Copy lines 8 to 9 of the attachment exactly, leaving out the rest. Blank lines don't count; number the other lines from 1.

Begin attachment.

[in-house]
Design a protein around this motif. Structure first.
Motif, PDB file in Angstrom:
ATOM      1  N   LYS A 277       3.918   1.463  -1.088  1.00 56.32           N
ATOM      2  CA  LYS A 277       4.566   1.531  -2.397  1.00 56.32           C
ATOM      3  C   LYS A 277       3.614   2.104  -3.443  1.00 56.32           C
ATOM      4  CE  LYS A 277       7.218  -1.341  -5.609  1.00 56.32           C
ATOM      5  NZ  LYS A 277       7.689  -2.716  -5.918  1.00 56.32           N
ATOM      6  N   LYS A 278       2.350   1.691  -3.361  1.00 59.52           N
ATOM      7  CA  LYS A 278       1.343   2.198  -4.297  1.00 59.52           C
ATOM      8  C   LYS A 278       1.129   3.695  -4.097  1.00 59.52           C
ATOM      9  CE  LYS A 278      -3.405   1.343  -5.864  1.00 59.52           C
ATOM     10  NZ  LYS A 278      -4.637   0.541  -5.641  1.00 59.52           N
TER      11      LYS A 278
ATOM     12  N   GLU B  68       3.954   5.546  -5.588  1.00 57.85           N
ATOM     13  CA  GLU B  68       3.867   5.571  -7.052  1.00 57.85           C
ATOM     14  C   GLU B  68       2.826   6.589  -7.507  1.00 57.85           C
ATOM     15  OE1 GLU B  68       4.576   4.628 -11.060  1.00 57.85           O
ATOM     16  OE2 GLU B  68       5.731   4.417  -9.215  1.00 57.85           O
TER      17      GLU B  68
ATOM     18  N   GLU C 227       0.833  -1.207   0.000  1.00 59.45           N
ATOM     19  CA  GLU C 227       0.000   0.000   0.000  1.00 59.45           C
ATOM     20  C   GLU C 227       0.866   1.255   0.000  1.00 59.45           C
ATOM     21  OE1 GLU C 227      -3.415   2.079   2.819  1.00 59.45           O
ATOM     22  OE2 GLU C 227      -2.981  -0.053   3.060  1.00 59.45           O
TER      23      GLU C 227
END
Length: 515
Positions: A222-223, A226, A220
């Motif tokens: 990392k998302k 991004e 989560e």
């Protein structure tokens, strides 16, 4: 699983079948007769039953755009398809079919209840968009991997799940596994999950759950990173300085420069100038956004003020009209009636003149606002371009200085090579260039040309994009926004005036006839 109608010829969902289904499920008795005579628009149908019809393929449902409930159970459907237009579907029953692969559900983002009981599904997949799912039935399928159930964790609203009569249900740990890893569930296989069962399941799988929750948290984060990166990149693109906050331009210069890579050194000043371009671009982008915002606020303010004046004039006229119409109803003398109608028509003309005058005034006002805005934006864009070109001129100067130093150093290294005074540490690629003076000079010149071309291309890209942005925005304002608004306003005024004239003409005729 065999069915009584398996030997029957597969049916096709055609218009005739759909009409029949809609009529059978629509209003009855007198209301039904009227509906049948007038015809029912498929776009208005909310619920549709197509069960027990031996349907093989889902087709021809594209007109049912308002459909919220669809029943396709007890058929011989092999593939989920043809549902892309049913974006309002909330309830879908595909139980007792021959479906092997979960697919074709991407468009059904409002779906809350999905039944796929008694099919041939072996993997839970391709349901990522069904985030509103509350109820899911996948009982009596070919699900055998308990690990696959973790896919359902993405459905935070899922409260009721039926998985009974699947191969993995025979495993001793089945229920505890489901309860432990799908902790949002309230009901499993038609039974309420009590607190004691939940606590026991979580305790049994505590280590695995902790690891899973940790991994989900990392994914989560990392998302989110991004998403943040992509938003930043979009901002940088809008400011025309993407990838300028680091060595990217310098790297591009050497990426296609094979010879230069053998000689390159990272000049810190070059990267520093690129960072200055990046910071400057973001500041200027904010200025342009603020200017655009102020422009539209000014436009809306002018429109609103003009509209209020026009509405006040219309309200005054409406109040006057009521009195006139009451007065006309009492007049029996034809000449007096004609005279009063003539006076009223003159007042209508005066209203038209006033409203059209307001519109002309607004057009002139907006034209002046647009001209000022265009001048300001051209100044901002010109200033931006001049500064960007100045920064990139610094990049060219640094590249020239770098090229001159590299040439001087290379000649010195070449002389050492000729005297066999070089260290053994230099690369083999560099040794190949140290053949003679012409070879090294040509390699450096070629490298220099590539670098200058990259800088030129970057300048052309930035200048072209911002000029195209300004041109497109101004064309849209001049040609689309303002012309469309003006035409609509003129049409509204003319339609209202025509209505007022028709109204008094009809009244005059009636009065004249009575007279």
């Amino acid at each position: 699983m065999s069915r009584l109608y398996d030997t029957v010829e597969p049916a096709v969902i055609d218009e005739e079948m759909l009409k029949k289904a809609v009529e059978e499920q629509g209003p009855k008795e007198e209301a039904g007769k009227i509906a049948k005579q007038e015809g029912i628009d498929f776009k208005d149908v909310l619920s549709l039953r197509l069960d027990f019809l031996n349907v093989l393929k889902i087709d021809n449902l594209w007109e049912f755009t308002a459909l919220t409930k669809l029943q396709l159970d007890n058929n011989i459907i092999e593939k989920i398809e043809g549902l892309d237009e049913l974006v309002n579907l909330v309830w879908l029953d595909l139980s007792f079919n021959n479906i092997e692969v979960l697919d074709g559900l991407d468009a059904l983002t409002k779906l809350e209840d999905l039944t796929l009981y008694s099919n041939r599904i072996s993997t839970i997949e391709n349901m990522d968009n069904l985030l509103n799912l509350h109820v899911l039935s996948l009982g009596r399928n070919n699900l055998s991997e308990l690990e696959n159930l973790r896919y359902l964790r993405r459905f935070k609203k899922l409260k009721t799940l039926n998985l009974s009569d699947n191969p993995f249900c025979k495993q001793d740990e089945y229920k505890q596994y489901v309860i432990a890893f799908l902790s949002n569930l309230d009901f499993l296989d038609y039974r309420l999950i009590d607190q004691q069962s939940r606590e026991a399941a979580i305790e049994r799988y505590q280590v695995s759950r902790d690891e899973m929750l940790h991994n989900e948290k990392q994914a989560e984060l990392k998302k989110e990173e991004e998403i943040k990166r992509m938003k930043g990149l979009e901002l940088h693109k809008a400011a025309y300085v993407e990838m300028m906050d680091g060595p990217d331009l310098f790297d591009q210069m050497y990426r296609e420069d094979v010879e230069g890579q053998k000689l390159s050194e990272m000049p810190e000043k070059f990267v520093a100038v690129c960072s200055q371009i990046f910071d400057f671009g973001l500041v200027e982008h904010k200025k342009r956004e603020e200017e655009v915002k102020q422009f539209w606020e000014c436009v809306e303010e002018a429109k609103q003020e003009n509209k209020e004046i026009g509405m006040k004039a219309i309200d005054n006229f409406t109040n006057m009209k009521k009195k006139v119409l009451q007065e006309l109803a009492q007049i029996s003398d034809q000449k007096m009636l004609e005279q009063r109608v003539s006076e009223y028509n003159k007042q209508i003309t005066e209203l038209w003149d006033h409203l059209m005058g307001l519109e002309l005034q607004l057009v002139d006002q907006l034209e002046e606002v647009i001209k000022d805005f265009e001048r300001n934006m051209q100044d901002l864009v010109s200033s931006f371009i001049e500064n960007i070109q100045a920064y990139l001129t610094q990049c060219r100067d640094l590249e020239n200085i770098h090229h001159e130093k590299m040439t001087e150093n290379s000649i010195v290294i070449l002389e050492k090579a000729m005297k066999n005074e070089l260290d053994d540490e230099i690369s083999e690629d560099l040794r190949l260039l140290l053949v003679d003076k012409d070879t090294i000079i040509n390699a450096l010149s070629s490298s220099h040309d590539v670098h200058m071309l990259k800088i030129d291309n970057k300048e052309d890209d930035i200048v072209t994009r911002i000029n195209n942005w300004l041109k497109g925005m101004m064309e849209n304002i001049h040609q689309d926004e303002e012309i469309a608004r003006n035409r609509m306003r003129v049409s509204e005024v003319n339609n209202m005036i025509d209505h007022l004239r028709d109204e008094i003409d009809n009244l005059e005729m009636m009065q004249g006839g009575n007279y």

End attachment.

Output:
ATOM      5  NZ  LYS A 277       7.689  -2.716  -5.918  1.00 56.32           N
ATOM      6  N   LYS A 278       2.350   1.691  -3.361  1.00 59.52           N